Life Insurance Underwriting Strategies for Applicants Sleep Apnea
Sleep apnea refers to the temporary cessation of breathing, or episodes of shallow breathing, interrupting normal sleep cycles. This common condition is diagnosed, and treatment effectiveness monitored, via sleep studies (polysomnography (PSG).
Risks associated with untreated sleep apnea include high blood pressure, lung damage, cardiovascular disease, depression, and an increased risk of accidents due to excessive daytime sleepiness.
Initial treatment recommendations often consist of weight loss, abstinence from alcohol, and non-use of sleeping pills. If these do not achieve desirable results, mechanical devices, such as a Continuous Positive Airway Pressure (CPAP) or bilevel positive airway pressure (BiPAP) often achieve excellent results for patients who find use of the devices tolerable. Surgical treatments, such as uvulopalatopharyngoplasty (UPPP), reshaping the tongue or jaw, is effective in some patients. Extreme cases require tracheotomy, which is curative, but requires the permanent placement of a tube in the neck.
Expected Underwriting Outcomes
Sleep apnea severity is measured by the number of apneas (periods of breathing cessation) and hypopneas (periods of shallow breathing) per hour (apnea-hypopnea index (AHI)) and blood oxygen saturation levels.
Complications from untreated sleep apnea include increased risk of accidents due to excessive sleepiness while driving, high blood pressure, and heart disease.
Very mild disease (low AHI and near normal blood oxygen saturation levels), good daily documented compliance with CPAP/BiPAP, no adverse MVR history, and otherwise excellent health are helpful.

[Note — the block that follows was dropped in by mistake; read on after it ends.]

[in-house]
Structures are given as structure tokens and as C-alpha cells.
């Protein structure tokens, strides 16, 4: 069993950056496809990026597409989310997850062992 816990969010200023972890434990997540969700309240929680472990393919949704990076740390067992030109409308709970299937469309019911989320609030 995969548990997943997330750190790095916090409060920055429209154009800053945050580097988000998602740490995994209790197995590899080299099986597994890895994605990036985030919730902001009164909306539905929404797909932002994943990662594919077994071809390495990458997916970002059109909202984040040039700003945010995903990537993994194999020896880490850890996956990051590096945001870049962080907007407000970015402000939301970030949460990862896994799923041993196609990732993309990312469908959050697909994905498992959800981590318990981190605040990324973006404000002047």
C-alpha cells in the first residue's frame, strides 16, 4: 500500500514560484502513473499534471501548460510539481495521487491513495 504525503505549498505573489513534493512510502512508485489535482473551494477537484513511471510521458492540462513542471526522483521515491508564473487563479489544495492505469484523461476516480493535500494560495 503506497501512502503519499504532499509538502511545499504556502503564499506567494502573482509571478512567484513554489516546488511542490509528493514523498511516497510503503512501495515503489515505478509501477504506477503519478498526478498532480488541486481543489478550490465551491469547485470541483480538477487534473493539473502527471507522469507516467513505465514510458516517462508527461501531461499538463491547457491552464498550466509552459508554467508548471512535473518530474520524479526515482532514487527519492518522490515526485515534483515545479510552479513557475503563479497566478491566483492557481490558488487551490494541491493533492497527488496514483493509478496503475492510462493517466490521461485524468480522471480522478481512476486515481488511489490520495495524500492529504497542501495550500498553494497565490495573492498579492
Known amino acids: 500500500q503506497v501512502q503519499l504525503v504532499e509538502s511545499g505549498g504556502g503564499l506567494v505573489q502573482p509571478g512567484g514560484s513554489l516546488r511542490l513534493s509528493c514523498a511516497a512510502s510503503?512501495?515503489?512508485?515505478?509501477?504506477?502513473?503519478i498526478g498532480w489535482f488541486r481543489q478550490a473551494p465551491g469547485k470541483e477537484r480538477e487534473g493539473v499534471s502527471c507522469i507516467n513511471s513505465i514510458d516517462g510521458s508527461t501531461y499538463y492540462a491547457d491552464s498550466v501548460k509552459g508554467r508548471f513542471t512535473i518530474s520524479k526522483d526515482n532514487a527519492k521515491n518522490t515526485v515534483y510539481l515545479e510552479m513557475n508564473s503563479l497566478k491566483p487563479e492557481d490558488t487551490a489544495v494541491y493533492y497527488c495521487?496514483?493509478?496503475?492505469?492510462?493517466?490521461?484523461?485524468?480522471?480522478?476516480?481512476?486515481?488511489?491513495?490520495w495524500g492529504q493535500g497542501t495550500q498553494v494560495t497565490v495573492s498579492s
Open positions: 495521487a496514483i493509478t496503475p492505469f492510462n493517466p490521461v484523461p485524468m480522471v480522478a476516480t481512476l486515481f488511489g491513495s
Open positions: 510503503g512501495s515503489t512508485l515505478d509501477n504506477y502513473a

Some insurers are comfortable in offering preferred – sometimes even super preferred – premiums to untreated applicants with minimal disease, or those with more moderate sleep apnea, but a well documented history of excellent CPAP/BiPAP compliance, otherwise great health, and a clean MVR. Low table table ratings are common for mild to moderate untreated sleep apnea. Applicants with severe untreated sleep apnea are usually postponed until successful treatment & compliance can be documented. Guaranteed issue or accidental death policies may be available until such documentation becomes available.
Insurer Selection is Key
Several highly rated brand name insurers have developed specialized expertise in underwriting applicants with sleep apnea. Unfortunately, there is no one best insurer for all applicants. Therefore, it is best to gather a few key facts in advance of a formal application. We can use that information to negotiate preliminary underwriting assessment from several insurers, identify the most aggressive carrier, and model approximate product pricing for you. You and your client can then make an informed decision on the best way forward.
Pre-Formal Underwriting Questions
- What is your name?
- What is your gender? F ___ M ___
- Date of birth:
- What type of sleep apnea do you have (most common is obstructive sleep apnea, OSA):
- When were you first diagnosed with sleep apnea?
- Is it considered mild ___, moderate ___, or severe ___?
- How is your sleep apnea being treated?
- Have you had surgery to treat your sleep apnea? If so, which type, when, and what was the result?
- What is the date of your most recent sleep study (polysomnogram) and what did it show?
- Have you been diagnosed with high blood pressure, heart disease, or another illness? If so, please describe:
- What is your build (height/weight)? ___________ Change past 12 months: ________
- Do you use any form of tobacco or marijuana? If yes, please describe type & frequency of usage:
- Have you had any driving violations or accidents in the past 5 years? If so, please describe, with dates:
- Please list all prescription medications you are taking and what condition each is treating:
- Are there any other medical conditions for which you are being treated? If so, please describe:
- How frequently do you follow-up with your healthcare provider?
- Can you think of any other information that might be relevant to insurance underwriting negotiations? If so, please share: